Electrical lineman electrocuted by contact with energized powerline in Puerto Rico, September 28, 1989.
Morgantown, WV: U.S. Department of Health and Human Services, Public Health Service, Centers for Disease Control, National Institute for Occupational Safety and Health, FACE 90-06, 1990 May; :1-7
A journeyman lineman with 6 years of experience who was a member of an electrical utility work crew was electrocuted when the boom and bucket of the bucket truck rotated into an energized 4800 volt powerline in Puerto Rico. The work crew had been working for 10 days to restore electrical power in the wake of Hurricane Hugo. The incident occurred at about 8:30pm. The lineman noticed, just prior to the accident, that the plastic tool basket mounted on the side of the bucket with copper wire hooks was filled with water. He removed the basket and emptied it. When he was reinstalling the basket in the dark, one of the hooks caught on the lever which controlled boom rotation and engaged it, causing the boom to swing into the powerline. He came in contact with an energized 4800 volt powerline and a secondary fuse box. The worker was thrown from the bucket by the force of the boom striking the powerline. It is recommended that company safety procedures be followed at all times. In this case the bucket truck was not grounded and no insulating line hoses or blankets were used around energized lines. Employers should provide portable lighting for workers required to work during periods of darkness. Employers should conduct a comprehensive inspection of each worksite prior to the start of each job to identify all potential hazards.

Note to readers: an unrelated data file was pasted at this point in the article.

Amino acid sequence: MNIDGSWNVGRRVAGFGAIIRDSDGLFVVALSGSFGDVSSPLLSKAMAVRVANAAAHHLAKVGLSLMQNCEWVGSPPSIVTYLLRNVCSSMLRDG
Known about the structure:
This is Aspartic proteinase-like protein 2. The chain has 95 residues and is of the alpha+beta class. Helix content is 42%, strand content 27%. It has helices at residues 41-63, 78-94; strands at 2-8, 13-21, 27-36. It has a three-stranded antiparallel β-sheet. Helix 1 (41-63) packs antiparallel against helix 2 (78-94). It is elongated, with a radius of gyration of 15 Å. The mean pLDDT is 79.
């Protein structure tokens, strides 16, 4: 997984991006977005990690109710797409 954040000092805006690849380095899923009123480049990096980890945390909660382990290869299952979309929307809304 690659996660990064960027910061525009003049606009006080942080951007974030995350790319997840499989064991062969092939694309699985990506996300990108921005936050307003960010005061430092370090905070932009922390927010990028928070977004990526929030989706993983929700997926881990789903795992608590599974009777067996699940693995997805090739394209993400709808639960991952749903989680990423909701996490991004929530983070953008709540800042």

NIOSH-Author; Region-2; FACE-90-06; Accident-analysis; Electrical-hazards; Electrical-burns; Electric-power-transmission-lines; Occupational-hazards
Field Studies; Fatality Assessment and Control Evaluation
NTIS Accession No.
National Institute for Occupational Safety and Health